Cape Town’s Day Zero water crisis has been averted for this year thanks to a wet start to the rainy season. In the meantime, the city is investigating three steps to diversify its water supply: 1) Drilling for groundwater 2) Reusing waste water 3) Building desalination plants. Although a large desalination plant could produce between 120 million to 150 million liters of water a day, Christine Colvin, a freshwater specialist with WWF South Africa says, “desalination is the biggest carbon footprint of water and biggest cost of water.” Photo © Brett Walton / Circle of Blue

Cape Town’s Harrowing Journey to the Brink of Water Catastrophe

Six months ago Cape Town was a city on edge. The mayor had declared that Day Zero, when officials would shut off water to most homes and businesses in order to preserve fast-shrinking reservoirs, was imminent. Police began to ticket individuals for washing taxis, watering lawns, or otherwise wasting water.

Residents responded to the panicked messages from City Hall with their own panic. They queued for hours to fill bottles at local springs. They hoarded water. They took showers while standing in buckets and rejiggered their home plumbing to reuse water from laundry machines.

By July, Cape Town looks to have evaded a water catastrophe, at least for this year. Residents are using substantially less water. Severe water supply restrictions instituted on agriculture and city dwellers alike, and a heroic, last-ditch conservation effort halted the swift drop in reservoir levels. Winter rains are now providing some relief. The amount of water stored in the reservoirs more than doubled in the last month and rivers in the Western Cape swelled in downpours. Snow graced the mountain peaks. The start of the wet season this year is more promising than any of the last three.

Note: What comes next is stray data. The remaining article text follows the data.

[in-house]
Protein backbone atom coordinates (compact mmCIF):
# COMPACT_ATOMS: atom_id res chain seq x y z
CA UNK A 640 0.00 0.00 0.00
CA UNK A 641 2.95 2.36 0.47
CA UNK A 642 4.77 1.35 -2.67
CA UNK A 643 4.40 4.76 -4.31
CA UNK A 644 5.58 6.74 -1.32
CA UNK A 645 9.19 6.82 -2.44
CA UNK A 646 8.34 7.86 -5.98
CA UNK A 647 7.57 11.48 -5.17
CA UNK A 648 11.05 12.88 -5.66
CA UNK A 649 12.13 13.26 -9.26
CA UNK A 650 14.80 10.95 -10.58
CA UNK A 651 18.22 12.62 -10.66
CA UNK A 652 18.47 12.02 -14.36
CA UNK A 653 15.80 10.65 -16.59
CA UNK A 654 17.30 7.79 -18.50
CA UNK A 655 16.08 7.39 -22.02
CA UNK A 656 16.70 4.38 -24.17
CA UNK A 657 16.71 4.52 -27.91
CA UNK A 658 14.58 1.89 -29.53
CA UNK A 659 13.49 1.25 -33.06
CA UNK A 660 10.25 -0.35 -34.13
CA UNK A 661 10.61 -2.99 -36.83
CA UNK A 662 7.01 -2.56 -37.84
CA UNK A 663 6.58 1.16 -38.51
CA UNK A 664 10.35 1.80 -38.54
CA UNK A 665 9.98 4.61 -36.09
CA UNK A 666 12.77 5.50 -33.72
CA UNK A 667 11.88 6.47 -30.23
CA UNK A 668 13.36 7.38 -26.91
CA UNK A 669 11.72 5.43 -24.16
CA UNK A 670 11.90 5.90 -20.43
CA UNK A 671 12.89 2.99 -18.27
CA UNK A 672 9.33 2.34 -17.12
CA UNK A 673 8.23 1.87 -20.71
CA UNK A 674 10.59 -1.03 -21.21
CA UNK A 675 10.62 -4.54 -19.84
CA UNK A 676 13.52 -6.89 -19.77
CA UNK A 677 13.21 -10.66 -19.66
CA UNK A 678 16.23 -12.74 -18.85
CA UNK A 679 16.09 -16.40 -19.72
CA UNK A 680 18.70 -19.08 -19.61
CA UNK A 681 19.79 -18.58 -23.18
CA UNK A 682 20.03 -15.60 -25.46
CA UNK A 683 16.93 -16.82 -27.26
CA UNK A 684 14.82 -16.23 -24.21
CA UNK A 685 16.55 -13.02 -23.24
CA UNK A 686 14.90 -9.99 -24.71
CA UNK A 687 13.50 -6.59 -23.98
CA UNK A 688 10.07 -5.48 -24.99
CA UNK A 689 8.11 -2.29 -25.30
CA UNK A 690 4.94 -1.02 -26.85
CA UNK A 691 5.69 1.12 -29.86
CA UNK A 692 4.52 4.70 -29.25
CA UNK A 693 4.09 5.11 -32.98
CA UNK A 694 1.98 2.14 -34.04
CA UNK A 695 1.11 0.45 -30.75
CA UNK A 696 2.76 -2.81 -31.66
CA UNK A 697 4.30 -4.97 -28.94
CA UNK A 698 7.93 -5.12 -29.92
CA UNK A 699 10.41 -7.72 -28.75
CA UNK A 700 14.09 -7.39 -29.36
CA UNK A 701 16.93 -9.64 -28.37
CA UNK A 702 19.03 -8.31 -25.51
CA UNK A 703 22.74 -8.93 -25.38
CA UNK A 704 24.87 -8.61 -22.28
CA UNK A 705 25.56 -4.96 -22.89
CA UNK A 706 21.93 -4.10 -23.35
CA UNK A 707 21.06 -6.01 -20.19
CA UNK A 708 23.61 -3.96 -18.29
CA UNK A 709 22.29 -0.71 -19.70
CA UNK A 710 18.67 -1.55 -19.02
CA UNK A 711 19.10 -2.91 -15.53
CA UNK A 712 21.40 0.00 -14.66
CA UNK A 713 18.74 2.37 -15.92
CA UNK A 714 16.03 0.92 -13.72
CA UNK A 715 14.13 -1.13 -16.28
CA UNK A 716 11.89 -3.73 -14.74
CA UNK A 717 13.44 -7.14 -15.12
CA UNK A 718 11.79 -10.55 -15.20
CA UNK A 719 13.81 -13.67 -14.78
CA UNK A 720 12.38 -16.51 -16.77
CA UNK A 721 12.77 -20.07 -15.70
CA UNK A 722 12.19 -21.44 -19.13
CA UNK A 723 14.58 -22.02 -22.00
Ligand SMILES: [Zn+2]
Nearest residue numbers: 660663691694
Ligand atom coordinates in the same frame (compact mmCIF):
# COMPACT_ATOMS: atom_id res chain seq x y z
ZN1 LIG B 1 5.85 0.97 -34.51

The near-death experience, though, is revealing for the gorgeous seaside city at the southern tip of Africa. And it offers lessons in the immense challenges fast-growing and drought-prone cities all over the world face in making adequate supplies of water available in the era of intensifying hydrological disruption. Other big cities also contend with severe water shortages, some that prompt civic violence. They include Beijing and São Paulo; Chennai, New Delhi, and Bangalore in India; Karachi, Amman, and Mexico City.